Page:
Hanover Page Mill, a LEED Platinum and net-zero electric building designed by Form4 Architecture for Hanover Page Mill Associates, is a powerful statement of synthesis between architectural form and energy performance. Located at Stanford Research Park in Palo Alto, CA, this spec office building was designed using affordable and practical building strategies to provide higher occupant comfort standards, while offering market-rate leasing options that make it competitive with traditional buildings.
The design is firmly rooted in a Modernist building tradition that follows a C-shaped layout organized on a disciplined five-foot module; the two-story building rises over an underground 118-space parking garage. Sitting on a corner lot, the building is accessible by pedestrians over a short bridge above a canal, which is laid out on a central axis to land on a grand, south-facing square courtyard. Offset from the primary axis, a main entry portico marks access against the window mullions and construction joints visible along the façades.
Emphasis on responsible harnessing of natural resources was a primary concern of the client. The 86,925-square-foot project includes a high-efficiency VAV HVAC system and LED lighting with automatic daylight harvesting, significantly lowering the building’s energy demand. Additional sustainable features include thermally broken glazing system, continuous stone wool insulation at the rain screen metal panel walls, and continuous spray-foam insulation on the backside of the GFRC (glass fiber reinforced concrete) walls, along with ceiling insulation in the basement garage. For solar responsiveness, each façade was fitted with aluminum-and-glass sunshades ranging from 12 inches to 30 inches deep, that were used in multiple compositions to respond to the specific solar orientation of each side, thus improving occupant comfort. This strategy, in combination with relatively narrow floor plates and high-performance double-pane glazing, provides excellent daylighting and dramatically reduces cooling loads from direct solar gain. With resulting lower energy demands, the photovoltaics on the roof and carports are sufficient to fully power the building, achieving net-zero electric status.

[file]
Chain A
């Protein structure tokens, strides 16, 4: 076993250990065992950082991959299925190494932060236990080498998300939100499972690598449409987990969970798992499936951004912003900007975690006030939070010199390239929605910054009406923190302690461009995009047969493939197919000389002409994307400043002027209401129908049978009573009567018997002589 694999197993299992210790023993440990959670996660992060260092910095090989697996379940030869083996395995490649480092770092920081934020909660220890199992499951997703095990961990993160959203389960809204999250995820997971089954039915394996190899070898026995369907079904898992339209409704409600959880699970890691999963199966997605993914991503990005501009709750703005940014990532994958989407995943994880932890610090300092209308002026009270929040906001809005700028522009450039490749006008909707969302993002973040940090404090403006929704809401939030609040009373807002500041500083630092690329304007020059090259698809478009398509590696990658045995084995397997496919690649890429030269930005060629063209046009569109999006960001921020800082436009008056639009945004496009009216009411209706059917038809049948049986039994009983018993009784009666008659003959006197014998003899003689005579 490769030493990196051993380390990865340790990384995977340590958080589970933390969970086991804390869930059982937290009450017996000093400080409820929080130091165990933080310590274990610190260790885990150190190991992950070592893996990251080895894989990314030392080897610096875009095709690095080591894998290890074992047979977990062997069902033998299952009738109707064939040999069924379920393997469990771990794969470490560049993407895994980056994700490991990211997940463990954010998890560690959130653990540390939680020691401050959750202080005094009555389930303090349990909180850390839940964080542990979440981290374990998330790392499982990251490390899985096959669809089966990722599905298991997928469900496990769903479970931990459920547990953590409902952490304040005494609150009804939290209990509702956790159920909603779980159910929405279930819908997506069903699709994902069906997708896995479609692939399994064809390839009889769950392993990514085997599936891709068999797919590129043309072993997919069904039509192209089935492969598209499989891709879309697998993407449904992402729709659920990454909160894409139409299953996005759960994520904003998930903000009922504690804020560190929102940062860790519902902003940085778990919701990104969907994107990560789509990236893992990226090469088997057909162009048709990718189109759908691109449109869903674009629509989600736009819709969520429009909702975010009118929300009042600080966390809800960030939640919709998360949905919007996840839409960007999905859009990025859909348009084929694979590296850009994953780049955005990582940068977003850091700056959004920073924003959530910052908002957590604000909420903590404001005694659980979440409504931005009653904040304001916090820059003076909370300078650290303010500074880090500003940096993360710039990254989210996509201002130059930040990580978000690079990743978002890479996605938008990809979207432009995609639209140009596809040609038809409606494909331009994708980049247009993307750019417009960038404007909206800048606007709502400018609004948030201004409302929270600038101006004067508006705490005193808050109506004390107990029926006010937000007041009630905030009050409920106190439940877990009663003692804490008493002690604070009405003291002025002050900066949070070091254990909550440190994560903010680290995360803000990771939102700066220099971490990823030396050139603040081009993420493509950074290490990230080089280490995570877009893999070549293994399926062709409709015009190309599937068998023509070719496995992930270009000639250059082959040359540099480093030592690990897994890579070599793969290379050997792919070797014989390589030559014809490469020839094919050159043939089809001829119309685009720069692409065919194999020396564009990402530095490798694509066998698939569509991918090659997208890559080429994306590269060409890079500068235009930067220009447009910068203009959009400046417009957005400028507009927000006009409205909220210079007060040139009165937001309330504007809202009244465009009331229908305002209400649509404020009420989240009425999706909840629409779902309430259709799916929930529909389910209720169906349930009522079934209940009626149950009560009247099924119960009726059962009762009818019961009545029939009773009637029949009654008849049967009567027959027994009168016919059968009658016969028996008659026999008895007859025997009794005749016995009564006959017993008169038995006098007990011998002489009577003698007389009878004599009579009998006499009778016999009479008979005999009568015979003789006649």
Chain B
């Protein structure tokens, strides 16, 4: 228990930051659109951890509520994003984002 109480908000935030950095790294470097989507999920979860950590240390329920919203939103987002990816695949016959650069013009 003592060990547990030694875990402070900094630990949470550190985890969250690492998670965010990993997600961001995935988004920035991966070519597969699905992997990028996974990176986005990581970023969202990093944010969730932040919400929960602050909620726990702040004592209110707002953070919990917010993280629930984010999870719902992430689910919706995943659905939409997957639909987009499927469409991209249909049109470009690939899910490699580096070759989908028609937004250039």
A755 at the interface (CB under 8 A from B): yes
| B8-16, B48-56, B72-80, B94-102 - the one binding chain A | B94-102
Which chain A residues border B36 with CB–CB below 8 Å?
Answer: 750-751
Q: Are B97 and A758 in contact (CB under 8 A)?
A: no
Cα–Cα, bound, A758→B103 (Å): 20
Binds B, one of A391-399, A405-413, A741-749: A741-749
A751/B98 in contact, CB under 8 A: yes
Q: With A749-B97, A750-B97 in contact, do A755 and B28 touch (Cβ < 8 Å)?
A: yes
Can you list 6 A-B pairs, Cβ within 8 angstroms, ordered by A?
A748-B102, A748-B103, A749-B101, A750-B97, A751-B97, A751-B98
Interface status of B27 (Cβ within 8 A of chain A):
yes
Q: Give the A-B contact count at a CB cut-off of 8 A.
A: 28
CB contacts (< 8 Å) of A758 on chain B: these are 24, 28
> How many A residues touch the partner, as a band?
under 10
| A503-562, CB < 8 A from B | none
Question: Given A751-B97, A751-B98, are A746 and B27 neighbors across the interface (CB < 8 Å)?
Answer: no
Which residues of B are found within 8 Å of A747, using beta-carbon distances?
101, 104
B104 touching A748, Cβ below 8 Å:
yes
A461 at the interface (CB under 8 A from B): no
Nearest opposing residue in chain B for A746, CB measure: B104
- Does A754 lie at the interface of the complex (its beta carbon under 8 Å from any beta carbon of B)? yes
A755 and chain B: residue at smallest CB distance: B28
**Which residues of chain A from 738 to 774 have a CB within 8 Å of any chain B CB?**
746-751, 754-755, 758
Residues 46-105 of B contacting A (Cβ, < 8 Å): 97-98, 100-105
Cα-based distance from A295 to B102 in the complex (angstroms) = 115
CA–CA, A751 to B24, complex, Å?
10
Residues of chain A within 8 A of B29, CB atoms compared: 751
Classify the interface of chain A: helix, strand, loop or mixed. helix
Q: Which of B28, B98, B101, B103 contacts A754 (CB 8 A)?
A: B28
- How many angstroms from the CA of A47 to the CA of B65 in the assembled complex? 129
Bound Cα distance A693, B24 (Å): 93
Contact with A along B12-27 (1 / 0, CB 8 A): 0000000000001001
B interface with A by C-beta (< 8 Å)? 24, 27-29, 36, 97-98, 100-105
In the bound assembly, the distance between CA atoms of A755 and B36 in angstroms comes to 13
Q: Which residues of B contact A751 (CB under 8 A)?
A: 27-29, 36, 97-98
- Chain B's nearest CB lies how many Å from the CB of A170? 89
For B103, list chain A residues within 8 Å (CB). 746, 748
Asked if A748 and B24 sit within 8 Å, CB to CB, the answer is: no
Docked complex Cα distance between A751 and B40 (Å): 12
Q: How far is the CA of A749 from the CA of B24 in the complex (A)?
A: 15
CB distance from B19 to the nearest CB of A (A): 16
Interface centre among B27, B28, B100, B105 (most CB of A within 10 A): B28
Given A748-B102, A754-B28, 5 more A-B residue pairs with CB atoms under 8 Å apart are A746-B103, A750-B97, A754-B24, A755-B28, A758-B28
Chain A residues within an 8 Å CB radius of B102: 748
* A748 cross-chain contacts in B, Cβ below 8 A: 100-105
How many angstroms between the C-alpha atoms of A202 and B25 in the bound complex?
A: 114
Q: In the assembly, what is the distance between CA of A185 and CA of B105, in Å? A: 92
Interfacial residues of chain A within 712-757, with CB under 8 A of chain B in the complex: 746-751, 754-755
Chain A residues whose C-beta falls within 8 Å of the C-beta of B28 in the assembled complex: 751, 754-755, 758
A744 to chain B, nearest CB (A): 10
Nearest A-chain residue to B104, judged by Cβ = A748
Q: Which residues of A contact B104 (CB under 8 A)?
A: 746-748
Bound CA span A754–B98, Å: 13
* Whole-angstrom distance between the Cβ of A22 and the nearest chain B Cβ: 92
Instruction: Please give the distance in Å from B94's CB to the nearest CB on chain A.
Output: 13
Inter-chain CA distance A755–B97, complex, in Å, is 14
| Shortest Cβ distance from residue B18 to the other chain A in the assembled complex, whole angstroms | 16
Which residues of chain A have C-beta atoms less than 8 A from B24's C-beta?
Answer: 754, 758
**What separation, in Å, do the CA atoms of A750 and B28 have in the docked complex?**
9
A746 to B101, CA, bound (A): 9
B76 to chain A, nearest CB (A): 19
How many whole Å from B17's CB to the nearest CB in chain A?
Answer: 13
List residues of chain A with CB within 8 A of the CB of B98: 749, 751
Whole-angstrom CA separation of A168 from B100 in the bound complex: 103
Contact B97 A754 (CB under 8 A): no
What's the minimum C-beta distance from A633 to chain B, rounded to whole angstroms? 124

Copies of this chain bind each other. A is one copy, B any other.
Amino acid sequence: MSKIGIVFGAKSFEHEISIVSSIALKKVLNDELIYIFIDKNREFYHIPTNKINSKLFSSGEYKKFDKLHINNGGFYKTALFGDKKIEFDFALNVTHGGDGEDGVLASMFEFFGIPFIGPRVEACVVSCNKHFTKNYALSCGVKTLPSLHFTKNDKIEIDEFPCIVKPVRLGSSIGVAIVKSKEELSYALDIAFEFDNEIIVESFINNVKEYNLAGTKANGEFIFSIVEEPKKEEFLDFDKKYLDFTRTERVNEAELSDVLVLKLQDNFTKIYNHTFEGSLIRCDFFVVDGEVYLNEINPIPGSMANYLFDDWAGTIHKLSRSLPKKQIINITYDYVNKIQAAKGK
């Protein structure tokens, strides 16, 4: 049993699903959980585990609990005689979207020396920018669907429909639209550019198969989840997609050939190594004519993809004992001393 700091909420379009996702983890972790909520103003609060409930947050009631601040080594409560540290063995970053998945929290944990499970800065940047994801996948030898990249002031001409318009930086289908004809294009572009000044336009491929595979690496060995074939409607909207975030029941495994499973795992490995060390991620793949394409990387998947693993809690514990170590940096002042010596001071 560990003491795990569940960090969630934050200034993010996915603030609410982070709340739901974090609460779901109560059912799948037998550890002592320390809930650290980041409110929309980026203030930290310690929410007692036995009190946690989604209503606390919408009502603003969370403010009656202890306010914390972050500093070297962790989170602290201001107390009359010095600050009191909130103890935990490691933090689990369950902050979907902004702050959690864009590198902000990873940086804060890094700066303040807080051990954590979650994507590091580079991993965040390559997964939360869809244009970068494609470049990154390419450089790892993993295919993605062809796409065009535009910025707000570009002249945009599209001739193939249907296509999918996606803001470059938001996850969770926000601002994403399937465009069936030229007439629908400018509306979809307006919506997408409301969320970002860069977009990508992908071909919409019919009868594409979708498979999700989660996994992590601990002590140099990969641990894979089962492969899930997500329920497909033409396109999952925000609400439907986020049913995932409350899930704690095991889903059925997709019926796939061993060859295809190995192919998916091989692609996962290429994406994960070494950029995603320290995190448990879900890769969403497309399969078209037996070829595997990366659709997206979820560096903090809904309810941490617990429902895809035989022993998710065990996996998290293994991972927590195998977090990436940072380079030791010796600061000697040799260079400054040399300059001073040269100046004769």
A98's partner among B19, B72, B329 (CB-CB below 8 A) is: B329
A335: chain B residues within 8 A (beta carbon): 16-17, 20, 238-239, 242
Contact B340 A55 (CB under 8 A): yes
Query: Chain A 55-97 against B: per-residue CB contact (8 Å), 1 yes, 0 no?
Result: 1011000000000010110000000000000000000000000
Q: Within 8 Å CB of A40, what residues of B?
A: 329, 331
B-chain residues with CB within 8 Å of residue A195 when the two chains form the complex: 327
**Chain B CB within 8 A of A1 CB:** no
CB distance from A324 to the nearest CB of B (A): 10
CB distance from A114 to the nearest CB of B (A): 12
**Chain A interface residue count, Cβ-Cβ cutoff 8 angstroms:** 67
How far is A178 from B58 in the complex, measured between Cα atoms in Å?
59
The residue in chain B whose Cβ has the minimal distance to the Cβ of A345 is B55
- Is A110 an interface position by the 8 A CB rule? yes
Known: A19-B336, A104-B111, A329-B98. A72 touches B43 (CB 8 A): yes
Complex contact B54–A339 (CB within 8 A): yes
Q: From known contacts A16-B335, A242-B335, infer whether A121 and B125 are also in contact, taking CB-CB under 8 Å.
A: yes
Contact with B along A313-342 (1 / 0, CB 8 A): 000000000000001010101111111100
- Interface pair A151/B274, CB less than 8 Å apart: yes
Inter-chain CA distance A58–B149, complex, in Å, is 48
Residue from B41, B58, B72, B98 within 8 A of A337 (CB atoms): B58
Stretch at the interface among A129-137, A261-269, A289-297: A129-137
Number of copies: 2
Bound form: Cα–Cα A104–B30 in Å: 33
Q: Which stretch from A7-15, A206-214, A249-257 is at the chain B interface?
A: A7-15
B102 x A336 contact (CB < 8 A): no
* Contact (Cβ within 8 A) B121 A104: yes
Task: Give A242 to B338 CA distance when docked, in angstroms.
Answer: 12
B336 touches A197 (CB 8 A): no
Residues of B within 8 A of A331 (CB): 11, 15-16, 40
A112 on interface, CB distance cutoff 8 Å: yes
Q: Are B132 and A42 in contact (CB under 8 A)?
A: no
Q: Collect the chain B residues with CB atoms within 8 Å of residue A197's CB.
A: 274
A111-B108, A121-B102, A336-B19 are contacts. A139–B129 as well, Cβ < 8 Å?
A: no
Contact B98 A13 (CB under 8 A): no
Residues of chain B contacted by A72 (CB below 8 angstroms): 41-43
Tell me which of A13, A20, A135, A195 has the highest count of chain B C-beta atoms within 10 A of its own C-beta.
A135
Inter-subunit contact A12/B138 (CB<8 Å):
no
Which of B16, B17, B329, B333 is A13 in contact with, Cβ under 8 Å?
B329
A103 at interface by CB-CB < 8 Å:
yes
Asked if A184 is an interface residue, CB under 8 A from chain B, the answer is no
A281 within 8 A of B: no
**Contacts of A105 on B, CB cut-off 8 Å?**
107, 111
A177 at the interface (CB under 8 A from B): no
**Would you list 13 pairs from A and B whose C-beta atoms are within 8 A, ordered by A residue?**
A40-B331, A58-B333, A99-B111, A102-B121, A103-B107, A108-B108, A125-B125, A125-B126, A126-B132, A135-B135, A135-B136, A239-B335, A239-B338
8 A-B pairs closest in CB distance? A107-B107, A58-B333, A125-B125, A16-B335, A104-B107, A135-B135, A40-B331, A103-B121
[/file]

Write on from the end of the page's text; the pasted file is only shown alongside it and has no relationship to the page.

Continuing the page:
The drought-tolerant landscape embodies a spirit of working in the garden, and uses 55% less potable water than would normally be required for landscape irrigation. The entry drive and parking areas are shaded by a grove of trees that marks a transition to the calm, park-like setting of the building. The entry courtyard is beautifully landscaped, serving as a communal gathering space. The elevated terrace on the north side of the building is buffered from the street by a rich landscape, and provides another, more intimate, outdoor space for employees.
Sustainability: Specific strategies to achieve LEED Platinum and net-zero electric energy status include: • On-Site Photovoltaics: On an annual basis, on-site photovoltaics provide 100% of the building’s electric energy use. This includes the energy used by 15 electric car chargers, which are provided to accommodate tenant adoption of lower-emission electric vehicles. • High-Performance Thermal Envelope: The building envelope comprises an R-25 roof, R-16 walls, and an insulated R-16 floor slab over one level of sub-grade parking. Glazing is double-pane Solarban 70XL (U-value: 0.26; VLT: 64%; SHGC: 0.27). Together, these components create a high-performance thermal envelope that reduces HVAC equipment capacity and run-time. • High-Efficiency HVAC System: Highly efficient packaged rooftop air handling units deliver air to thermally actuated diffusers in the space, utilizing readily available technologies that are optimized to increase effectiveness. The air distribution system is designed for extremely low friction losses, with high-efficiency variable speed central fans, while still providing outside air for ventilation at rates 30% greater than code requires for improved indoor air quality. Heating is generated via hot water condensing boilers and zone heating coils. Cooling is provided via a high turndown variable air volume (VAV) system, with high-efficiency central air handling units (COP: 3.713) delivering conditioned air to thermally actuated VAV diffusers. Each VAV diffuser acts as an independent zone of control, allowing the system to respond closely to changing thermal loads. The entire system is designed to reset fan speed based on thermal demand at the zone level. The air handling units and distribution duct work are designed using low-pressure drop principles, which allow for downsizing of the fan motors and low-energy operation. • Solar Responsivity: The architectural design is highly solar responsive: each façade is fitted with exterior overhangs and fins, sized and oriented based on detailed daylight, thermal comfort, and visual comfort studies. A 412 kW solar array on the building and carport roofs is expected to produce 656,000 kWh of electricity annually. • Efficient Water Use: The building uses 40% less water for toilet flushing, hand washing, and showering over baseline via use of low-flow fixtures. Through drought-tolerant plantings and water-efficient irrigation systems, 55% less potable water is required for landscape irrigation. Additionally, the building is dual plumbed to use recycled water for toilet flushing and irrigation, when it becomes available from the City of Palo Alto.